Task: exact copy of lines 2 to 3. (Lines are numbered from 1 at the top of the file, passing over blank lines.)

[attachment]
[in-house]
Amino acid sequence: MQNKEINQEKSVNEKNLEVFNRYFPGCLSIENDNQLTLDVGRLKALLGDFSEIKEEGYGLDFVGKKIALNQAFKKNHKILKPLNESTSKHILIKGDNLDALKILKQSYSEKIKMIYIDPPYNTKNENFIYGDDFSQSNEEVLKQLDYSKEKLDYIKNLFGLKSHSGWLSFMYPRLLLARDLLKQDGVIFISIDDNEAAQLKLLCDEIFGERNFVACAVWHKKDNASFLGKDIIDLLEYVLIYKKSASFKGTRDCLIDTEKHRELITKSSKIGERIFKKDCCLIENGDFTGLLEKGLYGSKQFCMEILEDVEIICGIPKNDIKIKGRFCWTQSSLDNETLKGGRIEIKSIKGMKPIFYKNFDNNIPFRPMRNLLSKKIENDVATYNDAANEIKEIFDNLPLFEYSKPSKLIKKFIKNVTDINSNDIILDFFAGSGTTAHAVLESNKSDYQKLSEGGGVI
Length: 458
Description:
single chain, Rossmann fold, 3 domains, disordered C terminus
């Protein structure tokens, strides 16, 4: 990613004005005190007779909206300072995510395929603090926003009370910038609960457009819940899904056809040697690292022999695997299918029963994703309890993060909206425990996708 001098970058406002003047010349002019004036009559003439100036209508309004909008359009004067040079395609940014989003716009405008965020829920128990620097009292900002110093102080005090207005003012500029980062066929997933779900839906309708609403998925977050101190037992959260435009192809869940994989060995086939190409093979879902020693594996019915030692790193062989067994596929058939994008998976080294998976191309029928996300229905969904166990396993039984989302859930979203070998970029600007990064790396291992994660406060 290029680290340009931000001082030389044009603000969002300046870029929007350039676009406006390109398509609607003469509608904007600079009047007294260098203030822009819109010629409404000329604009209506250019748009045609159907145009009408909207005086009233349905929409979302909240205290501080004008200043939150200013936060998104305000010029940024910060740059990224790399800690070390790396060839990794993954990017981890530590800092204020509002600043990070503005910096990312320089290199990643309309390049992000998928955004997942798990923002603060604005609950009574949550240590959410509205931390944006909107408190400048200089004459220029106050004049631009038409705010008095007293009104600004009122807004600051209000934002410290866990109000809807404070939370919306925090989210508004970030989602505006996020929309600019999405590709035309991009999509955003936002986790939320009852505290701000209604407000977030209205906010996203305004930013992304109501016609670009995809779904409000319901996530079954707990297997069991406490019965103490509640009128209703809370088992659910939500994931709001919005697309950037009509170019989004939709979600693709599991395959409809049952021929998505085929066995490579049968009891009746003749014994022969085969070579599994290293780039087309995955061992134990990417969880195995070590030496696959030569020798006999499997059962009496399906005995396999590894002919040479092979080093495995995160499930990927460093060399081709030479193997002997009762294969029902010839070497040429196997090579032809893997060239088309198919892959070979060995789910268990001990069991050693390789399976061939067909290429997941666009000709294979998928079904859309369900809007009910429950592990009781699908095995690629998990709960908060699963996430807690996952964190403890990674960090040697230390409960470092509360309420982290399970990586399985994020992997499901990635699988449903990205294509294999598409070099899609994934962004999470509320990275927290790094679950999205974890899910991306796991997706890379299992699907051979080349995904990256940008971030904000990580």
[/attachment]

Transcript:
Amino acid sequence: MQNKEINQEKSVNEKNLEVFNRYFPGCLSIENDNQLTLDVGRLKALLGDFSEIKEEGYGLDFVGKKIALNQAFKKNHKILKPLNESTSKHILIKGDNLDALKILKQSYSEKIKMIYIDPPYNTKNENFIYGDDFSQSNEEVLKQLDYSKEKLDYIKNLFGLKSHSGWLSFMYPRLLLARDLLKQDGVIFISIDDNEAAQLKLLCDEIFGERNFVACAVWHKKDNASFLGKDIIDLLEYVLIYKKSASFKGTRDCLIDTEKHRELITKSSKIGERIFKKDCCLIENGDFTGLLEKGLYGSKQFCMEILEDVEIICGIPKNDIKIKGRFCWTQSSLDNETLKGGRIEIKSIKGMKPIFYKNFDNNIPFRPMRNLLSKKIENDVATYNDAANEIKEIFDNLPLFEYSKPSKLIKKFIKNVTDINSNDIILDFFAGSGTTAHAVLESNKSDYQKLSEGGGVI
Length: 458